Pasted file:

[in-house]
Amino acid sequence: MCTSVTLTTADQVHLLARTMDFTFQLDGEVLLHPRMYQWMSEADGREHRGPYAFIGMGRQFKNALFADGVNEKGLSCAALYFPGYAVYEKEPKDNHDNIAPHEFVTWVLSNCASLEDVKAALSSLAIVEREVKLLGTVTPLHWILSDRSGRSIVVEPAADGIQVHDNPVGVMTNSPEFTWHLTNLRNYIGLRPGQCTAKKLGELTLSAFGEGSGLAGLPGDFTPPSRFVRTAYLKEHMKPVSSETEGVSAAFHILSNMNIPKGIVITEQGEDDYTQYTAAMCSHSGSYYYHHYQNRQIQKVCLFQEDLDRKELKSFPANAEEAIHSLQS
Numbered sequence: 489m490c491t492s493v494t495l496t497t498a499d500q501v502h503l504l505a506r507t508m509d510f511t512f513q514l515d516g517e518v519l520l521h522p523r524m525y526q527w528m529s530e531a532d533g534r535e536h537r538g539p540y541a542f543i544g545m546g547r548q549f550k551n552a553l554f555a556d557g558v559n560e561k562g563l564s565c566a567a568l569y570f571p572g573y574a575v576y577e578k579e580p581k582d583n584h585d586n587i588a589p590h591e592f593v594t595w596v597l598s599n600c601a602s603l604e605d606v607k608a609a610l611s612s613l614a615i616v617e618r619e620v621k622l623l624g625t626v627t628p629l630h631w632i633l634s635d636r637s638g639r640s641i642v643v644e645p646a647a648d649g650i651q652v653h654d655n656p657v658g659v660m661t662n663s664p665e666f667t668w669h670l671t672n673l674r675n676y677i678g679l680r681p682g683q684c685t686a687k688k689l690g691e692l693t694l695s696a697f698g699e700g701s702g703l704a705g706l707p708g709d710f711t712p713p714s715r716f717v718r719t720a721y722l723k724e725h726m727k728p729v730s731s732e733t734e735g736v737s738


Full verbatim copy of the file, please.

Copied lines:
[in-house]
Amino acid sequence: MCTSVTLTTADQVHLLARTMDFTFQLDGEVLLHPRMYQWMSEADGREHRGPYAFIGMGRQFKNALFADGVNEKGLSCAALYFPGYAVYEKEPKDNHDNIAPHEFVTWVLSNCASLEDVKAALSSLAIVEREVKLLGTVTPLHWILSDRSGRSIVVEPAADGIQVHDNPVGVMTNSPEFTWHLTNLRNYIGLRPGQCTAKKLGELTLSAFGEGSGLAGLPGDFTPPSRFVRTAYLKEHMKPVSSETEGVSAAFHILSNMNIPKGIVITEQGEDDYTQYTAAMCSHSGSYYYHHYQNRQIQKVCLFQEDLDRKELKSFPANAEEAIHSLQS
Numbered sequence: 489m490c491t492s493v494t495l496t497t498a499d500q501v502h503l504l505a506r507t508m509d510f511t512f513q514l515d516g517e518v519l520l521h522p523r524m525y526q527w528m529s530e531a532d533g534r535e536h537r538g539p540y541a542f543i544g545m546g547r548q549f550k551n552a553l554f555a556d557g558v559n560e561k562g563l564s565c566a567a568l569y570f571p572g573y574a575v576y577e578k579e580p581k582d583n584h585d586n587i588a589p590h591e592f593v594t595w596v597l598s599n600c601a602s603l604e605d606v607k608a609a610l611s612s613l614a615i616v617e618r619e620v621k622l623l624g625t626v627t628p629l630h631w632i633l634s635d636r637s638g639r640s641i642v643v644e645p646a647a648d649g650i651q652v653h654d655n656p657v658g659v660m661t662n663s664p665e666f667t668w669h670l671t672n673l674r675n676y677i678g679l680r681p682g683q684c685t686a687k688k689l690g691e692l693t694l695s696a697f698g699e700g701s702g703l704a705g706l707p708g709d710f711t712p713p714s715r716f717v718r719t720a721y722l723k724e725h726m727k728p729v730s731s732e733t734e735g736v737s738